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On Judging and Being Judged Accurately in Zero-Acquaintance Situations

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This research examined the role of personality, nonverbal skills, and gender as moderators of judging and being judged accurately in zero-acquaintance situations. Unacquainted participants, assembled in groups, completed a battery of personality tests, took 2 audiovisual tests (the Profile of Nonverbal Sensitivity [PONS] and the Interpersonal Perception Task [IPT]) intended to assess decoding skills and then rated themselves and every other person in the group on a set of personality dimensions. Results indicated that more sociable and extraverted participants tended to be more legible, that is, were judged more accurately. Participants who were more accurate judges tended to be less sociable and performed better on tests of decoding accuracy. Performance on the PONS predicted accuracy of judgment for men, whereas performance on the IPT predicted accuracy of judgment for women. On the whole, results suggest that some important and theoretically relevant moderators of accuracy in the zero-acquaintance situation have been identified.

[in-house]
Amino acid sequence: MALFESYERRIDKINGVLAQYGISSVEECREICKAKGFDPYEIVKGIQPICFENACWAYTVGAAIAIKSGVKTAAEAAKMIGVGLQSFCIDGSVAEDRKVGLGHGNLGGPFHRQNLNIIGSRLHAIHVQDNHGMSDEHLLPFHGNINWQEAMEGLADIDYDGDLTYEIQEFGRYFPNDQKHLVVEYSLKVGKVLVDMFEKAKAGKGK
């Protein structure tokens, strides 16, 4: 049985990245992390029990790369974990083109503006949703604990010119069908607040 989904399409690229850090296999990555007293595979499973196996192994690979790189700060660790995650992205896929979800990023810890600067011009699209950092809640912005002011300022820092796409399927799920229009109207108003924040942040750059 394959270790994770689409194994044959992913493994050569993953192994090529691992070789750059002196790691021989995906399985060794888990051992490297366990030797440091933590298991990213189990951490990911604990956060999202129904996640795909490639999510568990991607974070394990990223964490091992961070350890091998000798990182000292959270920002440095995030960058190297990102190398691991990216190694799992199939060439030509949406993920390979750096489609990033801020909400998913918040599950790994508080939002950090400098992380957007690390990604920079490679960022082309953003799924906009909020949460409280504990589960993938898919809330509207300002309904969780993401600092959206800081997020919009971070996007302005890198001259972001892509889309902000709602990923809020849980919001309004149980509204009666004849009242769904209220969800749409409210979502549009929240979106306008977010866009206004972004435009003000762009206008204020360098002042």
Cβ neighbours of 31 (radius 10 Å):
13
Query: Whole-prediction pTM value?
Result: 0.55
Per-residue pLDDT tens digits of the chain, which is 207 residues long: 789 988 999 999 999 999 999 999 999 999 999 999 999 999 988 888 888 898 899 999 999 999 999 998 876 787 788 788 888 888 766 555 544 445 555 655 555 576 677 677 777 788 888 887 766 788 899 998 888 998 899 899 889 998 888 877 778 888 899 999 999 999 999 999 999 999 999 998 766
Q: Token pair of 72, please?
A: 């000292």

Ambady, N., Hallahan, M., & Rosenthal, R. (1995). On Judging and Being Judged Accurately in Zero-Acquaintance Situations. Journal of Personality and Social Psychology, 69(3), 518–529.

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